Call for papers

Intersections of Intimacies and Inequalities

A workshop hosted by UCL and the Institute of Advanced Studies on the 18th September 2018


This workshop aims to explore the myriad ways in which intimacies and inequalities intersect.

As argued across the disciplinary spectrum, experiences of intimacy are shaped profoundly by material and other inequalities. Poverty severely restricts the kinds of intimate practices which can be enacted, while disparities of power shape interactions at both micro and macro levels. Social, cultural and legal frameworks govern the kinds of relationships that are possible, with uneven access across the globe. For example, while some countries are introducing same-sex marriage, others are further entrenching legal barriers against same-sex relationships.

At the same time, scholars debate whether intimacy may act as an equalising force across social inequalities, or whether it serves to further entrench such inequalities.

We invite contributions from scholars interested in examining both persistent and diminishing inequalities in the experience of intimacy and access to intimate citizenship. Given the growing attention to spiralling global and local inequalities, as well as to the gendered and intersectional dynamics which shape intimate relations, the workshop is intended to address contemporary social movements, including, for example, #metoo and #timesup.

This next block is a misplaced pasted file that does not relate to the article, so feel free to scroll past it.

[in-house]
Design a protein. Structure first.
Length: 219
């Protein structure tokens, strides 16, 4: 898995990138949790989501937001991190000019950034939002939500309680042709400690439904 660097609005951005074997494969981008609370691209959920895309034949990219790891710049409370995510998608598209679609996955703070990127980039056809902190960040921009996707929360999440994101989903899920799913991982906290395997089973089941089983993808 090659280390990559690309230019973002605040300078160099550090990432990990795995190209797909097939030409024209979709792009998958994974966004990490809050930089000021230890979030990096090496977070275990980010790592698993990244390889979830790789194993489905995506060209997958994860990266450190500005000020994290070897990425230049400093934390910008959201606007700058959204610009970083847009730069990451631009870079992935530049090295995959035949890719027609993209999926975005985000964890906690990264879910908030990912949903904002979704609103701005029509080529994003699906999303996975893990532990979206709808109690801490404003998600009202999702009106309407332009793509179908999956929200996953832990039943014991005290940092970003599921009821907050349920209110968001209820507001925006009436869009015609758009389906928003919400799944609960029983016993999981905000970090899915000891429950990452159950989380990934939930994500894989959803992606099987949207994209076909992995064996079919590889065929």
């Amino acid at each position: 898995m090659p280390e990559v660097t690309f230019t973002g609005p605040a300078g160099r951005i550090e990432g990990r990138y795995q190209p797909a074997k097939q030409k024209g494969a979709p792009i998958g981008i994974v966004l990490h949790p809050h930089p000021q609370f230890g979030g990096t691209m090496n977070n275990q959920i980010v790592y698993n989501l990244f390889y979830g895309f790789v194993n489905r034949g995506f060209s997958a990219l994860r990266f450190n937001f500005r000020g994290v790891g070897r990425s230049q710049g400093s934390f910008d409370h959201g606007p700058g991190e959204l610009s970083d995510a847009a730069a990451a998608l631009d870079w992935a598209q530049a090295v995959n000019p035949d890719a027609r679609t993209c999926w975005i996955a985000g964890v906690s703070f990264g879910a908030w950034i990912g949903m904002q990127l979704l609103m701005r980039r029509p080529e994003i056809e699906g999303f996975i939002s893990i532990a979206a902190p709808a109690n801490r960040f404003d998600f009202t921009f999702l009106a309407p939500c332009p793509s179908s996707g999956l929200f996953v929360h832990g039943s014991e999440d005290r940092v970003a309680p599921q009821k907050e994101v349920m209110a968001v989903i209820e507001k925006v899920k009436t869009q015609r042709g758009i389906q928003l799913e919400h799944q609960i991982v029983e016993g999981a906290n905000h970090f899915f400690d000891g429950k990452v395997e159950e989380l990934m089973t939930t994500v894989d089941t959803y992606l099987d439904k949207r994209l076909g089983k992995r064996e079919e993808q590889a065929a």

We therefore seek contributions from any area of the social, historical, and health sciences concerning the topic of intimacies and inequalities, broadly conceived. We welcome contributions from a range of global locations and from colleagues at all career stages.

Potential topics include, but are not limited to:

·      Regulation of intimacy – social, cultural, legal

·      Intimate citizenship

·      Intimacies across borders, including issues around migration

·      Intimacy across social intersections including gender, caste, race, class, sexuality, ability and human/non-human

·      Sex, sexuality, relationships and stigma

·      Relationship breakdown and divorce

·      Singlehood and couple normativity

·      Intimacy, inequalities and technology (including, for example, dating apps)

·      Inequalities in relational and sexual health and well-being

·      Historical shifts in connections between intimacy and inequality

·      Globalisation and intimacy

·      Capitals and intimacy

·      Innovative methods for studying intimacy and inequalities

Please submit abstracts of no more than 250 words via this form by 9th April 2018. We will notify selected presenters by the end of April 2018.

We anticipate producing an edited volume or special journal issue from the workshop, and scholars who are not able to attend but who would like to be included in future events or.potential publication plans are encouraged to contact the organisers, Katherine Twamley, Charlotte Faircloth and David Frost, via